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Business Air News Bulletin
Business Air News Bulletin
The monthly news publication for aviation professionals.
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NATA works with CDC to enforce negative testing
From 26 January, all passengers arriving into the US by air will be required to show proof of a negative COVID-19 test result or documentation of having recovered from COVID-19. Children under two are exempt.

NATA is advising that starting 26 January, all air passengers travelling into the United States, including by private flights, air charter and general aviation aircraft, will be required to show proof of a negative COVID-19 test result or documentation of having recovered from COVID-19, regardless of vaccination status. All passengers must complete an attestation affirming their compliance with the Centers for Disease Control and Prevention (CDC) requirements and provide it to their aircraft operator.

The requirements in the CDC order apply to all aircraft, including airlines, air charter operators and private aircraft operators arriving in the United States.

Beginning on 26 January 2021, aircraft operators are responsible for: verifying that each passenger has completed an attestation. Attestations may be completed electronically or on paper. The aircraft operator must keep a copy of each attestation for two years; confirming each passenger has documentation of their negative test result or proof of recovery. The documentation should indicate that the passenger has taken a COVID-19 viral test no more than three calendar days before their flight departure with a negative result or that a passenger who has recovered from COVID-19 has received clearance from a public health official to travel. Aircraft operators do not need to retain copies of these documents; not permitting any passenger to board without verifying the attestation and confirming the documentation.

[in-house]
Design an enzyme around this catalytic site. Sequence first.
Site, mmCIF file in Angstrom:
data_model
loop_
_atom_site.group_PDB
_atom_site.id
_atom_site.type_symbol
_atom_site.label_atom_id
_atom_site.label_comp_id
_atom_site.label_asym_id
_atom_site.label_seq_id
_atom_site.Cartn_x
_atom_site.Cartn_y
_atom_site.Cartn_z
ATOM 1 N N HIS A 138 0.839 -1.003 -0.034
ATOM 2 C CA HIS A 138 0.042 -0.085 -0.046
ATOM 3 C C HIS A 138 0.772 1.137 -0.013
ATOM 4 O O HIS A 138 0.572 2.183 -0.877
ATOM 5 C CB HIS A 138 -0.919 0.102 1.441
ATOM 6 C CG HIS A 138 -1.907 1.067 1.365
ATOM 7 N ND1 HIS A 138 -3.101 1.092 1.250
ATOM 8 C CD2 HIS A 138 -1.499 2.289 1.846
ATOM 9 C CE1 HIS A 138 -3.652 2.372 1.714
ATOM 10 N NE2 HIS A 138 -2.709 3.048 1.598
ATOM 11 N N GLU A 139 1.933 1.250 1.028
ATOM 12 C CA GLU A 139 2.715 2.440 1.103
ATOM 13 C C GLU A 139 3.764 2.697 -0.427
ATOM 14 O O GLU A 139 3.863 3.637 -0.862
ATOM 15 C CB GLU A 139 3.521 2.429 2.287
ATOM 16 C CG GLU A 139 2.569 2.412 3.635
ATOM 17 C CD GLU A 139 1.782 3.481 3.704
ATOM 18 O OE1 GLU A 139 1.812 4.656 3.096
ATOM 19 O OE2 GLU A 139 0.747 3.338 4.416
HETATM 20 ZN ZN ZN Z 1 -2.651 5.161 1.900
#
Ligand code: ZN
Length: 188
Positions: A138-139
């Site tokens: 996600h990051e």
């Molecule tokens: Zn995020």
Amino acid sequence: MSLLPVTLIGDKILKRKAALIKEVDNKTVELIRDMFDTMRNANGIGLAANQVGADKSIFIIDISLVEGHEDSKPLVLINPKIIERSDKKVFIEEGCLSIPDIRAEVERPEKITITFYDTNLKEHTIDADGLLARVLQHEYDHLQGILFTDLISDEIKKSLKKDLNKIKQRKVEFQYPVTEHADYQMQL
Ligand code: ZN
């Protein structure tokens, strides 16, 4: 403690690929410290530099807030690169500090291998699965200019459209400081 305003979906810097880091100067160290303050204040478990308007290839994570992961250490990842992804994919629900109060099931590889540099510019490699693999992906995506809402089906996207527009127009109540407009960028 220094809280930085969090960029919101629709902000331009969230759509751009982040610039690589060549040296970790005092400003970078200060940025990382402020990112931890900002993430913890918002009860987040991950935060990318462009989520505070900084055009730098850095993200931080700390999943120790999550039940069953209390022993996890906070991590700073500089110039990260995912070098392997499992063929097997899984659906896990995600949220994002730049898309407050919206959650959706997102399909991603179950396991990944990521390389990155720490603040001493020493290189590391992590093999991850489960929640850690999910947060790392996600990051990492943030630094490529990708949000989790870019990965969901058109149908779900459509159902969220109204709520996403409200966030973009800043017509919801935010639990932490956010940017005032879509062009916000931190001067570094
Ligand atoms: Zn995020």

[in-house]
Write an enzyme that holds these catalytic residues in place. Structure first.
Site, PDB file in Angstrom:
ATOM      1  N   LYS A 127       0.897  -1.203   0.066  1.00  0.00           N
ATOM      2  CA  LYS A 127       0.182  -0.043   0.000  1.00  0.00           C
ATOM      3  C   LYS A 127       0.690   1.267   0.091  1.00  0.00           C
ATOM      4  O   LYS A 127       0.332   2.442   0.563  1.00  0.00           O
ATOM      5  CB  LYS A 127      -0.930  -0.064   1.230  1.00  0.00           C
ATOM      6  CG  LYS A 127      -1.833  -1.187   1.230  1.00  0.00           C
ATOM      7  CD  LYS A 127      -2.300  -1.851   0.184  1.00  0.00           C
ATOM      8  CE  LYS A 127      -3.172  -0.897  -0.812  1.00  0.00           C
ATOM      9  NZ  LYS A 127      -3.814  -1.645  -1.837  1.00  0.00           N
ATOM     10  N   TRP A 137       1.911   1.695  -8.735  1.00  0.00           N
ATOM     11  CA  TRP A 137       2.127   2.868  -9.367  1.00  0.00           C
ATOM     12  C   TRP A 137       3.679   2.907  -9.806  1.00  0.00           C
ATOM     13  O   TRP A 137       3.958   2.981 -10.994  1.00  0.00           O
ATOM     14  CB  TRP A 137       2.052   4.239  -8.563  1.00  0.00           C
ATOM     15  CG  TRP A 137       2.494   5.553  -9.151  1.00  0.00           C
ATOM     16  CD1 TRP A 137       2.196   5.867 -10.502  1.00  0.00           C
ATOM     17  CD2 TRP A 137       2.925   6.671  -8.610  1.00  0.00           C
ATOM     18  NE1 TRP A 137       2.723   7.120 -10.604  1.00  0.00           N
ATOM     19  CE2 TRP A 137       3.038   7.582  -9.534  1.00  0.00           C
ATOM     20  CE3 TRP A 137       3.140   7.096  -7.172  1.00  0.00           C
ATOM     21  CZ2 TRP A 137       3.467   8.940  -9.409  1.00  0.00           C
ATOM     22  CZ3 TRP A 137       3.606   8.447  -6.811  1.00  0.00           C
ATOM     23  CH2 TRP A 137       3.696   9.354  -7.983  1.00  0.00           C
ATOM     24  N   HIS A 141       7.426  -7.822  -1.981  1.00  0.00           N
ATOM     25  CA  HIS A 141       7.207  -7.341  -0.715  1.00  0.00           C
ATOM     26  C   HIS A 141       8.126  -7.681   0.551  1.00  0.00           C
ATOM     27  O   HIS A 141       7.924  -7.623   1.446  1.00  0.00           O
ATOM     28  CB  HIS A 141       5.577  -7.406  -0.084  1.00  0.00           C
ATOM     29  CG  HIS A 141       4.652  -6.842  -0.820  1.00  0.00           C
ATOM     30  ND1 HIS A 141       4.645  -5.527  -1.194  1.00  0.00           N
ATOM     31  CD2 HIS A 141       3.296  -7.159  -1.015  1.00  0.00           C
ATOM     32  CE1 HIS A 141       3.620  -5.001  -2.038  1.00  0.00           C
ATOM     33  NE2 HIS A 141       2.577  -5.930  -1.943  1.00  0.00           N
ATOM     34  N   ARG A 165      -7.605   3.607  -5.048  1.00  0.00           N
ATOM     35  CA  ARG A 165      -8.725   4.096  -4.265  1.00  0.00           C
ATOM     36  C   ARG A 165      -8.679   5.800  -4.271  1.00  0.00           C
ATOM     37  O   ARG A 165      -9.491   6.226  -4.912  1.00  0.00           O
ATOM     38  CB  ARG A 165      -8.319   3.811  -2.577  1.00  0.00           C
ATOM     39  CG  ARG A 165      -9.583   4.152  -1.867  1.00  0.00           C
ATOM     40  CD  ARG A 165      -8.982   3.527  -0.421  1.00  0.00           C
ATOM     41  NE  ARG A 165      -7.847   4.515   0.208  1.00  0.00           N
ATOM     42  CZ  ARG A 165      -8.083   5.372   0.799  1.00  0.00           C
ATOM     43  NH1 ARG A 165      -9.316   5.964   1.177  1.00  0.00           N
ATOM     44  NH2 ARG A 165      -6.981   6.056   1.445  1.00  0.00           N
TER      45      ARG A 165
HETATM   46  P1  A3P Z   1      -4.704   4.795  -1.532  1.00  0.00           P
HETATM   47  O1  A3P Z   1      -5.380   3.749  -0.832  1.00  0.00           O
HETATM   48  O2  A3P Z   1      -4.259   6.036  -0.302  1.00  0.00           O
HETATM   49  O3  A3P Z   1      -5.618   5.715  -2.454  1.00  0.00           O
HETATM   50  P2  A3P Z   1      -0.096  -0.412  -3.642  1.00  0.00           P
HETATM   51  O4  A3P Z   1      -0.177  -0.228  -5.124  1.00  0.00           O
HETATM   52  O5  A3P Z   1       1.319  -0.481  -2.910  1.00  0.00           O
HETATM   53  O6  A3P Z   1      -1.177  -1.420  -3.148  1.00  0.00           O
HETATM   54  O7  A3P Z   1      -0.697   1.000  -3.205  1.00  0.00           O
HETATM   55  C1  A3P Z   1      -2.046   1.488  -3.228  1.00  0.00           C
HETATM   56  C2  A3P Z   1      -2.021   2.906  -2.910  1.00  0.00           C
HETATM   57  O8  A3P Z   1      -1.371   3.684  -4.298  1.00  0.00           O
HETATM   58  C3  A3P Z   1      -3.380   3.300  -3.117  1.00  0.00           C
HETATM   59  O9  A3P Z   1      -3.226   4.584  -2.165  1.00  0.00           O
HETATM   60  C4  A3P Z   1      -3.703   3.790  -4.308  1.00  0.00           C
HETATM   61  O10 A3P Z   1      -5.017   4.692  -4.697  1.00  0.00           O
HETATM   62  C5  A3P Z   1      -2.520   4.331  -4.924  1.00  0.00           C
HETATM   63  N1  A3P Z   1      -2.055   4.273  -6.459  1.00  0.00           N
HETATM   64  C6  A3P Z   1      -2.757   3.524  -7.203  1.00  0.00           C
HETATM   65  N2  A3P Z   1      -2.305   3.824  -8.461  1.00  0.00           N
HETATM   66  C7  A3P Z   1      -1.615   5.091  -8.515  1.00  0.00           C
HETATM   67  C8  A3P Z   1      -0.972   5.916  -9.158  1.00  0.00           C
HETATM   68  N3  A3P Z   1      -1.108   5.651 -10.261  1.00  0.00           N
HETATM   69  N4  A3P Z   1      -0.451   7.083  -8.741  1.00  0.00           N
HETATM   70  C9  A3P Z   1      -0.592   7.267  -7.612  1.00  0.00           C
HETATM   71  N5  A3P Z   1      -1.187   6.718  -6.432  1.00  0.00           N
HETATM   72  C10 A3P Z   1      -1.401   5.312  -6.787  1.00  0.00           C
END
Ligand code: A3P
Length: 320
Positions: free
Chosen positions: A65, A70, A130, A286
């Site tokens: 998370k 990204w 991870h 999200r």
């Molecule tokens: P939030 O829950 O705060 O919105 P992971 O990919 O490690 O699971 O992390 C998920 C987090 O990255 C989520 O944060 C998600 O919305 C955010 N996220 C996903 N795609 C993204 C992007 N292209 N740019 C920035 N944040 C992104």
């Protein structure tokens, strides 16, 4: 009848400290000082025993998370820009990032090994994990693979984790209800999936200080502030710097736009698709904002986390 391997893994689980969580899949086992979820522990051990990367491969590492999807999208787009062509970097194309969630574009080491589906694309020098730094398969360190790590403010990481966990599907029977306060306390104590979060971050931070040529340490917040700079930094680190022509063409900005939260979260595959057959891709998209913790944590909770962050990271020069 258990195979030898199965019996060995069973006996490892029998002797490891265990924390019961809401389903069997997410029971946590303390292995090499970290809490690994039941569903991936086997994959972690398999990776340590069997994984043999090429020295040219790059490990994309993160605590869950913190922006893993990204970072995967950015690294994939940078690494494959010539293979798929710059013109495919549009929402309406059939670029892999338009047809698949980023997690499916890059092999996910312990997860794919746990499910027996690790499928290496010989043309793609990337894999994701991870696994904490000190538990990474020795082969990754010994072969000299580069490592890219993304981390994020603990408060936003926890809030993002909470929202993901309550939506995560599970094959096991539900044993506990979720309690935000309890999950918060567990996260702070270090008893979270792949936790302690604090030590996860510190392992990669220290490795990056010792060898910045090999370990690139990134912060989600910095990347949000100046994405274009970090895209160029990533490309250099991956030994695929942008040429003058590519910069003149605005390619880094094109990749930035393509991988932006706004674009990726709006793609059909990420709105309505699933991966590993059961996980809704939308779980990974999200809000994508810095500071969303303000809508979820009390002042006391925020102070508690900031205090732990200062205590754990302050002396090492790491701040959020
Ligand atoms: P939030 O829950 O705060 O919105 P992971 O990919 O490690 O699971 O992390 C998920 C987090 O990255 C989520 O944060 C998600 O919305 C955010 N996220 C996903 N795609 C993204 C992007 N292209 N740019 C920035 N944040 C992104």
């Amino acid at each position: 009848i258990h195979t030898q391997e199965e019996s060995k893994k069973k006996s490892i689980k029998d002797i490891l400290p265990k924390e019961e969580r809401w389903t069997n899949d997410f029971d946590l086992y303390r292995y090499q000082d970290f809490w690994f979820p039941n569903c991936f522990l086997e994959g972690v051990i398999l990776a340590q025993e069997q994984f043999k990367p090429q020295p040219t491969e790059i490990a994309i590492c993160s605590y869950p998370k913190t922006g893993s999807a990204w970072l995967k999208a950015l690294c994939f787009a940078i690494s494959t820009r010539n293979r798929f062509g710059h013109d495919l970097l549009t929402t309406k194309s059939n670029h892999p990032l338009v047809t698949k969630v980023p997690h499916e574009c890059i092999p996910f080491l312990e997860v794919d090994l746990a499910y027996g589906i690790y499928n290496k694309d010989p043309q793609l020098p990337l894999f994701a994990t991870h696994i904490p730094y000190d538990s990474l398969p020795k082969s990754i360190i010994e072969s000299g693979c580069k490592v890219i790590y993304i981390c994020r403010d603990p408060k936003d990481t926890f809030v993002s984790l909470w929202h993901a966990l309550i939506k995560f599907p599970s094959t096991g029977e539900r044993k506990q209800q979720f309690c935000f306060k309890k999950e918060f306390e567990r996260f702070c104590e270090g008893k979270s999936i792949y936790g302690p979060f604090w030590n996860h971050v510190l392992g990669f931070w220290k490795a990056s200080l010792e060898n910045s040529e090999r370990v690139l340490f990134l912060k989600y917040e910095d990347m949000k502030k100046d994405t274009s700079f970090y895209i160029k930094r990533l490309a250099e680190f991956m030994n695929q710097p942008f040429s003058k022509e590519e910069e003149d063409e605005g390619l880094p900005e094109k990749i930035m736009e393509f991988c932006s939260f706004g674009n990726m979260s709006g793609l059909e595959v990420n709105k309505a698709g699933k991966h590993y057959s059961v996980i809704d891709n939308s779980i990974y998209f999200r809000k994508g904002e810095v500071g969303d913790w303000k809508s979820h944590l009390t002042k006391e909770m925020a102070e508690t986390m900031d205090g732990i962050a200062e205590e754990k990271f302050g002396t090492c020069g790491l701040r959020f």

The following limited exemptions are provided in the CDC order: the testing and attestation requirements do not apply to children under two years of age; crew members on official duty, including those in an assigned deadhead status, are exempt from the testing requirement as long as they follow industry standard protocols for the prevention of COVID-19 as set forth in the relevant FAA-issued SAFO; operators transporting COVID-19 passengers pursuant to CDC authorisation; certain law enforcement, government and military operations; CDC recognises that certain countries may not have available testing capacity. Any operator wishing to conduct operations to the US from such locations must request and receive a waiver directly from the CDC.

The CDC documents provide specific details on the types of acceptable documentation and the actions required of both passengers and aircraft operators. Operators intending to conduct international flights should immediately review the CDC documents, establish compliance plans and implement the requirements of the order for flights on and after January 26, 2021. The CDC has a webpage including the order, attestation and FAQs.

NATA strongly advises operators to proactively reach out to international travellers to ensure they have a testing plan for their trip. Operators should also review their contracts and cancellation policies to ensure they account for any potential contingencies associated with this order, including positive test results from crew or passengers, passenger refusal to test or provide attestation or passenger failure to test in the required time window.

More recently, NATA and other industry stakeholders participated on an interagency call, including representatives from the CDC and FAA, to gain further clarity on CDC’s Order imposing COVID-19 entry testing requirements for all air travellers arriving to the United States. New guidance states that: the CDC is the lead agency for this order’s enforcement, not the CBP; and self-testing is permissible with proof of negative result as long as it is a viral test and not an antibody test.

More detailed guidance will be forthcoming for operations to locations where COVID tests are not easily obtainable.

Testing is not required for flights to or from Puerto Rico, Guam, or other US territories to the United States

For flights from the US returning to the US within 72 hours, a test taken before departing the US is valid for the return as long as it was taken within the 72-hour timeframe.

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